Gender Communication: What About Nonverbal Communication?

Sometimes when people are in a face to face conversations with someone of the opposite sex, they become self-conscious about their facial expressions, body posture, hand gestures, and eye contact. Nonverbal communication can seem a little awkward when it involves communication between women and men.

There are some noticeable differences in the nonverbal communication behaviors of women and men.

Men generally use more space in giving nonverbal messages. Men are more likely than women to use dominance cues such as speaking louder or violating someone else’s personal space or territory. Men maintain a less direct body position when talking and sit at an angle to each other.

Women are generally better than men at encoding and decoding nonverbal messages (in ninety five percent of the studies). Women are more accurate at interpreting other people’s facial expressions than men. Women are more likely than men to use cues of emotional warmth such as head nods, smiling, eye contact, and laughter. Women are more likely to squarely face each other when talking. Women are more likely to touch other women than men are to touch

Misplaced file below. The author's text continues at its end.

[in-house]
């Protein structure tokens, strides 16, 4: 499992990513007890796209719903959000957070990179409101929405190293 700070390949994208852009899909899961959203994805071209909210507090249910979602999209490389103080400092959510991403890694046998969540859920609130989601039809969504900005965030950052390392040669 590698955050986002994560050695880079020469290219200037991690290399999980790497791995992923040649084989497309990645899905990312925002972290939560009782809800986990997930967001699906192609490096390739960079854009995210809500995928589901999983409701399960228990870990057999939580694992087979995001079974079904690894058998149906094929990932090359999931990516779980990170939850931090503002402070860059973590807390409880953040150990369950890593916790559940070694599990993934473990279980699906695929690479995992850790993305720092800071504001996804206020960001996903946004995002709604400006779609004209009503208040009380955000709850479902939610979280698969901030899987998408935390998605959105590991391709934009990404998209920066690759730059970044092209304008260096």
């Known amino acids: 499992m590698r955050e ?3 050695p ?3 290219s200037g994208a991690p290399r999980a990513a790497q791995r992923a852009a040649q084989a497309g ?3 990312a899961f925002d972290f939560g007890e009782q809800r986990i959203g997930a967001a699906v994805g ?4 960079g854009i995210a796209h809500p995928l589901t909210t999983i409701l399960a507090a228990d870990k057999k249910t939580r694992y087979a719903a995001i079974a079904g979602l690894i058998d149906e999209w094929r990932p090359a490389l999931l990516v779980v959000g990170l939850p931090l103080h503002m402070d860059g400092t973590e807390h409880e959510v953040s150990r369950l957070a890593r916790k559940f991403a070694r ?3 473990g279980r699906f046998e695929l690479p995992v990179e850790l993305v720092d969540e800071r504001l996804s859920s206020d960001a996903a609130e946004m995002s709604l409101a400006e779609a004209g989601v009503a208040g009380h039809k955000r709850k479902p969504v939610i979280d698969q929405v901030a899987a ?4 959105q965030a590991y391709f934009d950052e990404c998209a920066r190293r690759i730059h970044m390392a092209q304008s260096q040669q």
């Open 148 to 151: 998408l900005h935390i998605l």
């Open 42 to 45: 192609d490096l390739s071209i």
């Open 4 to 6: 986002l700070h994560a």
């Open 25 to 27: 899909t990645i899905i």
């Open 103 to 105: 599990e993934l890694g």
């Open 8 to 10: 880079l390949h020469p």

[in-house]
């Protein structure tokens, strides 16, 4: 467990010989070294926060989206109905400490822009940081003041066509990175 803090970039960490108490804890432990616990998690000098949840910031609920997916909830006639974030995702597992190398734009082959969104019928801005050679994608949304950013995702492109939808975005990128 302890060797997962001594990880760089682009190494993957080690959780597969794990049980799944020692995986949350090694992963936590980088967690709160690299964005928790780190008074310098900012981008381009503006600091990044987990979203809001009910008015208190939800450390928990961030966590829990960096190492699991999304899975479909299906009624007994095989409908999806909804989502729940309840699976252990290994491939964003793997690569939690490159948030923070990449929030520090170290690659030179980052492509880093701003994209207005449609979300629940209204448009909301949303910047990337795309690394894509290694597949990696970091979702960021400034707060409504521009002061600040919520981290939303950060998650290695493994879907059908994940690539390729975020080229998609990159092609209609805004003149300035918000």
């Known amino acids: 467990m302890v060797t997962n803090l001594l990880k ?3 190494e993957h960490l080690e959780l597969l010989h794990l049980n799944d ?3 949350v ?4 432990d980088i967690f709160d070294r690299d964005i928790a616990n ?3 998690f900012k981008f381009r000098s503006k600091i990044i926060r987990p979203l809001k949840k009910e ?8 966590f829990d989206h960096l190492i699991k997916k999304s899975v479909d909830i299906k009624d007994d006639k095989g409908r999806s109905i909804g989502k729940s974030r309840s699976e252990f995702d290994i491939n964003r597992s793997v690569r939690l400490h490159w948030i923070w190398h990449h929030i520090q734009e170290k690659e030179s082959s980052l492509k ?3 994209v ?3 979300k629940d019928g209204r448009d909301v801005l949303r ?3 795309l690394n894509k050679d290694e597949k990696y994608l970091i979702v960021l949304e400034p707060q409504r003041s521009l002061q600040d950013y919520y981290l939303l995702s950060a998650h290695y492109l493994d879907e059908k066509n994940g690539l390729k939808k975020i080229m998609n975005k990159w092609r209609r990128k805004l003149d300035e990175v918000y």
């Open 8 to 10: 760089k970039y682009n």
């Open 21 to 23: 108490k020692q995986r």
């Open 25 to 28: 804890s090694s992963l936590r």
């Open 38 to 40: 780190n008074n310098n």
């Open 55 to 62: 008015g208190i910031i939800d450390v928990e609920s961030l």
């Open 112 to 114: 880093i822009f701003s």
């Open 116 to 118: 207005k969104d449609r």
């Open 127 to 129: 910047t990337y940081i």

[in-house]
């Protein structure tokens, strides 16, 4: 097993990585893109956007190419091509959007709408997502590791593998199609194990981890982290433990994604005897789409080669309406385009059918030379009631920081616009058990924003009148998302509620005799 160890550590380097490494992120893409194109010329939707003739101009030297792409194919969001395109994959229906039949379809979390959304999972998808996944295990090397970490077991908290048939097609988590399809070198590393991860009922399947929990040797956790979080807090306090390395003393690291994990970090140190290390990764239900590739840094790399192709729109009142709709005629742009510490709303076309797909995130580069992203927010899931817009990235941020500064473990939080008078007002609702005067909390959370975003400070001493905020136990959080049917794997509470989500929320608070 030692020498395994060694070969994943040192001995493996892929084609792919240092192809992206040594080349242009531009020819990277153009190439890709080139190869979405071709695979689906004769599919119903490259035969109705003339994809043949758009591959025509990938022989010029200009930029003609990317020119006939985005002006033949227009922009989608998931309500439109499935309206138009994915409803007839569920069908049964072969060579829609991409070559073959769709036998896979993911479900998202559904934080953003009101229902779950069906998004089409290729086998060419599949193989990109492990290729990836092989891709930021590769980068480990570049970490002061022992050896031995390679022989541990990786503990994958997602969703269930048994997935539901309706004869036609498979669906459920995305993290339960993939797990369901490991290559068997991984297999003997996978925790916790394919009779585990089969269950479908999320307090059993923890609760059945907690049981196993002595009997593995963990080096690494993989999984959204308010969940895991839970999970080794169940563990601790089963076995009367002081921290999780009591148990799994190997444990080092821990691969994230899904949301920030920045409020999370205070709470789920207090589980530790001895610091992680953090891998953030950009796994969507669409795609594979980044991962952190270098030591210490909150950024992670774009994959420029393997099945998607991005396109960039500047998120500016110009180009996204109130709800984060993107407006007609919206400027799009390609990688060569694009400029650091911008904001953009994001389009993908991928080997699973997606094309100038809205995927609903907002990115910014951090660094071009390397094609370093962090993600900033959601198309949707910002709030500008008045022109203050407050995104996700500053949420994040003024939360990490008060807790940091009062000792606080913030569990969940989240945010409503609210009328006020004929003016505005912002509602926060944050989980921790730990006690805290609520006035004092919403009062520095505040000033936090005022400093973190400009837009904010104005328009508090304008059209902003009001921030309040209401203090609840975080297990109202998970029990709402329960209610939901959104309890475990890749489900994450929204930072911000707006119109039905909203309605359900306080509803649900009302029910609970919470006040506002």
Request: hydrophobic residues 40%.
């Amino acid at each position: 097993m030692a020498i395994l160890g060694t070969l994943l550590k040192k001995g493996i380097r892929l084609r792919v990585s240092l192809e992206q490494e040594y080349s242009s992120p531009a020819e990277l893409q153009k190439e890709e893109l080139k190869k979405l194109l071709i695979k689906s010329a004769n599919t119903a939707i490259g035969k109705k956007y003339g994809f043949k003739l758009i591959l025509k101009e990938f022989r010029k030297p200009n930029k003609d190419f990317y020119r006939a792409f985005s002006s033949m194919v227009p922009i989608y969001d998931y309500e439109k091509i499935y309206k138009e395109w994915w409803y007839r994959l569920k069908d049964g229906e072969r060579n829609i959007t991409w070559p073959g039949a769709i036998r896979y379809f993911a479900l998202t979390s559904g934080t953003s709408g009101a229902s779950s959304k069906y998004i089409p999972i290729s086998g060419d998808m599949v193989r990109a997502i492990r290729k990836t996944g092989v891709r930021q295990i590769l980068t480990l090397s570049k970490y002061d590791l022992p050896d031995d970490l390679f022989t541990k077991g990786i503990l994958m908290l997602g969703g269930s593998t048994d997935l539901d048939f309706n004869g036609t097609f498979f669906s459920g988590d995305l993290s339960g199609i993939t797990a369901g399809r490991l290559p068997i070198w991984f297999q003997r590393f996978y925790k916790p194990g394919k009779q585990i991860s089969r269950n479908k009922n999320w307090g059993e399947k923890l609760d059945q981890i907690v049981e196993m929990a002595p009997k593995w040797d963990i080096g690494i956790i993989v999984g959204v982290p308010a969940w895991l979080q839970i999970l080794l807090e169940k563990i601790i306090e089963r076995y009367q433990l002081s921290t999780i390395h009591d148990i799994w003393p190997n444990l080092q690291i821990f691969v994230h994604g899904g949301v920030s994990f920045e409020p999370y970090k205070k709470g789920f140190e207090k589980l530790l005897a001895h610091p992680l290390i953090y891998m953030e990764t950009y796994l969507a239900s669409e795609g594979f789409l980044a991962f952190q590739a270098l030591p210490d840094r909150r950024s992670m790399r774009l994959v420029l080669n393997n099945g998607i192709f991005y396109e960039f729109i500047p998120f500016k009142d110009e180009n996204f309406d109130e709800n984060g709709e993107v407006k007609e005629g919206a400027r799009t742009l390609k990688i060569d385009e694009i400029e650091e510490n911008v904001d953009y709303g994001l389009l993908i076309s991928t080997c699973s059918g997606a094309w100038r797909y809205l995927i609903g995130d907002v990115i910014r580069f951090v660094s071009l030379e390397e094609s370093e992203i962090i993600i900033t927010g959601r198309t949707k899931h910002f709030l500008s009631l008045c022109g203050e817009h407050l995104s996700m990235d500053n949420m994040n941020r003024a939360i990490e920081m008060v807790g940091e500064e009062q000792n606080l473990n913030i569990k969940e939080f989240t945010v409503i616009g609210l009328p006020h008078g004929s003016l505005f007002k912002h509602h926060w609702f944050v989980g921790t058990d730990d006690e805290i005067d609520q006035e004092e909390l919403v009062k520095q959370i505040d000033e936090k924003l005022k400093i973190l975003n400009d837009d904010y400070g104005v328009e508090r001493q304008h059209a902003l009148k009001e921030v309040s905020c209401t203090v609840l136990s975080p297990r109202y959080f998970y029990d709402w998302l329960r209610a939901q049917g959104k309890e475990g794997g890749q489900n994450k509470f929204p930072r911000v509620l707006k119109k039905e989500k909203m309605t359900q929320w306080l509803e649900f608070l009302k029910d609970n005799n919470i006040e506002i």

other men.

Instead of just barging into other peoples’ offices or workspaces, stop at the threshold and ask for permission to enter. Pay a little more attention to others’ facial expressions, body postures, hand gestures, and eye contact.

Recognizing the differences in nonverbal behaviors between men and women is the first step and making minor adjustments in our nonverbal communication behavior is the second.

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